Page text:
The FCC said in its Report and Order that AM audience share has dropped to 17 percent and the median age of AM listeners is 57 years old. Many observers said those are ominous numbers for AM broadcasters already facing severe economic challenges.

“It’s certainly an indication of the reality that small AM broadcasters are facing in a digital age,” said Barry Thomas, CPBE, CBNT, vice president of engineering for Lincoln Financial Media and president of the Society of Broadcast Engineers.

>AM Translator FAQ A handy checklist courtesy of Bob du Treil Jr. of du Treil, Lundin & Rackley (

Which classes of AM stations are eligible?
All classes of AM stations are eligible for a fill-in FM translator.

Are commercial and non-commercial stations treated differently?
Yes. Commercial stations are only eligible for commercial FM translators outside of the FM reserved band (below 92.1 MHz).

How do I determine if there is an eligible translator in my area?
One must first determine the AM station eligible area. This is defined as the lesser of the daytime 2 mV/m contour or 25 miles (40 km). An eligible FM translator must have its predicted 60 dBu (1 mV/m) contour entirely contained with the eligible area. Also, the FM translator must have be authorized a license or construction permit as of May 1, 2009.

What about pending FM translator applications?
Any pending FM translator applications are not eligible for the AM fill-in service.

What about LPFM stations?
LPFM stations are “non-commercial” and are, therefore, ineligible for commercial AM station fill-in. However, agreements with LPFMs are possible provided the deals comply with the “non-commercial requirements” of LPFM stations.

Can AM stations file applications for FM translators?
Not for some time. The FCC anticipates opening a filing opportunity for new FM translators, but it will not be until after a new LPFM filing window.

Can an AM station feed an FM translator by any method?
Yes. FM translators for AM stations are, by definition, “fill-in” translators. Therefore, any terrestrial facility may be used to receive the signal that is being rebroadcast.

What height/power restrictions are there?
The rules for normal FM fill-in translators apply. The maximum ERP is limited to 250 watts with no height limitation, provided that the predicted 60 dBu contour of the translator does not extend by any amount — no exceptions — outside of the AM station eligible area. However, as with all FM translators, the normal allocation requirements must also be met.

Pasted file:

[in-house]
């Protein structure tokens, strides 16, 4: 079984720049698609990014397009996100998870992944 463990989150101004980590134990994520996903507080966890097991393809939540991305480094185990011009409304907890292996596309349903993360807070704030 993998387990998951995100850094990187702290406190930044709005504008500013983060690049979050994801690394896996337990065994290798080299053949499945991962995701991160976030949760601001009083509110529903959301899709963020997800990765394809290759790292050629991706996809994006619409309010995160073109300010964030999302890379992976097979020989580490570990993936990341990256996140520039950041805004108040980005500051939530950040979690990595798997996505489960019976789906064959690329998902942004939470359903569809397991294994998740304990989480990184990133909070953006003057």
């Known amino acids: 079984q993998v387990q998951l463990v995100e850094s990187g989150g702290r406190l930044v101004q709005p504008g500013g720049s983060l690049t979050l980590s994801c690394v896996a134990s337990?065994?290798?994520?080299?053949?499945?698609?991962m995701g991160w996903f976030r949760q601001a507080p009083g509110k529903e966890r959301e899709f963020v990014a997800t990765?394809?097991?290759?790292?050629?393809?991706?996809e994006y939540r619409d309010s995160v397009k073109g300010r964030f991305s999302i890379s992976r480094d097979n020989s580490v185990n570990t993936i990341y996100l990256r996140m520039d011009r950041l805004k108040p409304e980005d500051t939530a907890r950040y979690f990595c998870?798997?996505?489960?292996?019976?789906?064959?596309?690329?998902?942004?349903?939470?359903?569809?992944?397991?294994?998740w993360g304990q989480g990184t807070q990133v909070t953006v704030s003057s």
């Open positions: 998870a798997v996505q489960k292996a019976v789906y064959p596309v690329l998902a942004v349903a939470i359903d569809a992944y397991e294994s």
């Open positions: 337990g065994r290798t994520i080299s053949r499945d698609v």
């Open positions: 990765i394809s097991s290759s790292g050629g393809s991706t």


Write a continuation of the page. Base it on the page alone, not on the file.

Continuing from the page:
Can modifications to FM translators be filed?
Yes. FCC-defined “minor change” modifications that would allow an otherwise ineligible FM translator to meet eligibility requirements are permitted. However, such modifications must also meet the normal FCC allocation requirements.”I suspect in some ways the decision [by the FCC] was based on the economic situation. This might give troubled businesses another way to compete.”

However, there will be new expenses incurred by AM broadcasters using the FM translator option, Thomas said, either by purchasing an FM translator license or pursuing brokerage agreements. Additional equipment may also be needed for the delivery of programming.

“It’s always a challenge solved case by case, but IP codecs could be a great way to deliver programming,” Thomas said. “Off-air delivery is certainly the cheapest but risky. It’s susceptible to interference from someone running a nearby hair dryer.”

David Obergoenner, director of engineering for Zimmer Radio Group, said he expects the rules will help some AM stations a great deal. He also predicts the value of translators will increase.

“In my case, it will likely price a translator I’ve had my eye on out of our reach,” Obergoenner said.

He also speculates that interference will increase on the FM band from translators that have been dark and now will come back on the air.

“I think it will prevent some LPFM stations from getting on the air,” he said.

Few commenters opposed the rules modification, the FCC said.

The agency noted the concerns of Prometheus Radio Project, a group devoted to promoting low-power FM. Prometheus filed comments expressing concern that expanding AM service to include FM translators would take away possibilities from new low-power FM entrants.

CBS Radio argued against the change, saying the FCC’s prior reasons for rejecting cross-service translating — namely, that most AMs had no need for fill-in facilities on the FM band — remain sound.

The National Association of Broadcasters was in favor the rules modification, which will help AM stations overcome some of the technical challenges they face, said NAB Executive Vice President of Media Relations Dennis Wharton.

“AM stations broadcast some of the most localized programming in America, providing listeners with all-news, all-sports and all-talk formats focusing on community issues. We salute the FCC for recognizing the role played by AM stations across the country,” Wharton said.